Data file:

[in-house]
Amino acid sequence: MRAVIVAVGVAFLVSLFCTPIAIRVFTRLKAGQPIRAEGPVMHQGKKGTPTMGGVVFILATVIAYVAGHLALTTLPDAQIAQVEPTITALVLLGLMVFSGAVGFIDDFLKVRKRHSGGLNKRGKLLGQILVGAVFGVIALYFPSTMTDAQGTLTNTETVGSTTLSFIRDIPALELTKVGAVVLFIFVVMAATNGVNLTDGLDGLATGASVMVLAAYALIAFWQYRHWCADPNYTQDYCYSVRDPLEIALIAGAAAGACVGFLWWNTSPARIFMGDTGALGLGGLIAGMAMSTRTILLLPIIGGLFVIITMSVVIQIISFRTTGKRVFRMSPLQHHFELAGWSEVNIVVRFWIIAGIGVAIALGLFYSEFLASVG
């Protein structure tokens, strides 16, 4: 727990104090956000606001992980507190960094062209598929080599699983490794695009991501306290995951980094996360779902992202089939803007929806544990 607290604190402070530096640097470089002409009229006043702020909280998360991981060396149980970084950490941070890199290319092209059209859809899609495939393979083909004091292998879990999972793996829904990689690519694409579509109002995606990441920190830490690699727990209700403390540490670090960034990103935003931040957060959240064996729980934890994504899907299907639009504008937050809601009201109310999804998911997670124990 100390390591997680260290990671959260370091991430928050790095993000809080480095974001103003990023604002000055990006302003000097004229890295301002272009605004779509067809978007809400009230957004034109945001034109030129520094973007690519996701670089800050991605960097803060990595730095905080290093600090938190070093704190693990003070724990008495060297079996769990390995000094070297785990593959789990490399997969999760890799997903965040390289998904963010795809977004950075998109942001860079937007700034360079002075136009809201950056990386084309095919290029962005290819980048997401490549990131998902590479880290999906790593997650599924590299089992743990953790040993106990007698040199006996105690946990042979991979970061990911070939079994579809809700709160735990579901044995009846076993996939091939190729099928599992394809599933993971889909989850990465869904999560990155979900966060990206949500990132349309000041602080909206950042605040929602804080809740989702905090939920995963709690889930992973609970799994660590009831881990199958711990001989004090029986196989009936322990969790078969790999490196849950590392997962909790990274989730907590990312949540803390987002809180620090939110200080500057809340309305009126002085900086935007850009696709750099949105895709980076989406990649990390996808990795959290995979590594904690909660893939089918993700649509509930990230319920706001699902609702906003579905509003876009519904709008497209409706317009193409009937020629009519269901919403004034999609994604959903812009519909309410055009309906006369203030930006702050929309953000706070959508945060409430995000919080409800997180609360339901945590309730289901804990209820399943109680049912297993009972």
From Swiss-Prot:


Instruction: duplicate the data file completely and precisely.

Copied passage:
[in-house]
Amino acid sequence: MRAVIVAVGVAFLVSLFCTPIAIRVFTRLKAGQPIRAEGPVMHQGKKGTPTMGGVVFILATVIAYVAGHLALTTLPDAQIAQVEPTITALVLLGLMVFSGAVGFIDDFLKVRKRHSGGLNKRGKLLGQILVGAVFGVIALYFPSTMTDAQGTLTNTETVGSTTLSFIRDIPALELTKVGAVVLFIFVVMAATNGVNLTDGLDGLATGASVMVLAAYALIAFWQYRHWCADPNYTQDYCYSVRDPLEIALIAGAAAGACVGFLWWNTSPARIFMGDTGALGLGGLIAGMAMSTRTILLLPIIGGLFVIITMSVVIQIISFRTTGKRVFRMSPLQHHFELAGWSEVNIVVRFWIIAGIGVAIALGLFYSEFLASVG
């Protein structure tokens, strides 16, 4: 727990104090956000606001992980507190960094062209598929080599699983490794695009991501306290995951980094996360779902992202089939803007929806544990 607290604190402070530096640097470089002409009229006043702020909280998360991981060396149980970084950490941070890199290319092209059209859809899609495939393979083909004091292998879990999972793996829904990689690519694409579509109002995606990441920190830490690699727990209700403390540490670090960034990103935003931040957060959240064996729980934890994504899907299907639009504008937050809601009201109310999804998911997670124990 100390390591997680260290990671959260370091991430928050790095993000809080480095974001103003990023604002000055990006302003000097004229890295301002272009605004779509067809978007809400009230957004034109945001034109030129520094973007690519996701670089800050991605960097803060990595730095905080290093600090938190070093704190693990003070724990008495060297079996769990390995000094070297785990593959789990490399997969999760890799997903965040390289998904963010795809977004950075998109942001860079937007700034360079002075136009809201950056990386084309095919290029962005290819980048997401490549990131998902590479880290999906790593997650599924590299089992743990953790040993106990007698040199006996105690946990042979991979970061990911070939079994579809809700709160735990579901044995009846076993996939091939190729099928599992394809599933993971889909989850990465869904999560990155979900966060990206949500990132349309000041602080909206950042605040929602804080809740989702905090939920995963709690889930992973609970799994660590009831881990199958711990001989004090029986196989009936322990969790078969790999490196849950590392997962909790990274989730907590990312949540803390987002809180620090939110200080500057809340309305009126002085900086935007850009696709750099949105895709980076989406990649990390996808990795959290995979590594904690909660893939089918993700649509509930990230319920706001699902609702906003579905509003876009519904709008497209409706317009193409009937020629009519269901919403004034999609994604959903812009519909309410055009309906006369203030930006702050929309953000706070959508945060409430995000919080409800997180609360339901945590309730289901804990209820399943109680049912297993009972």
From Swiss-Prot: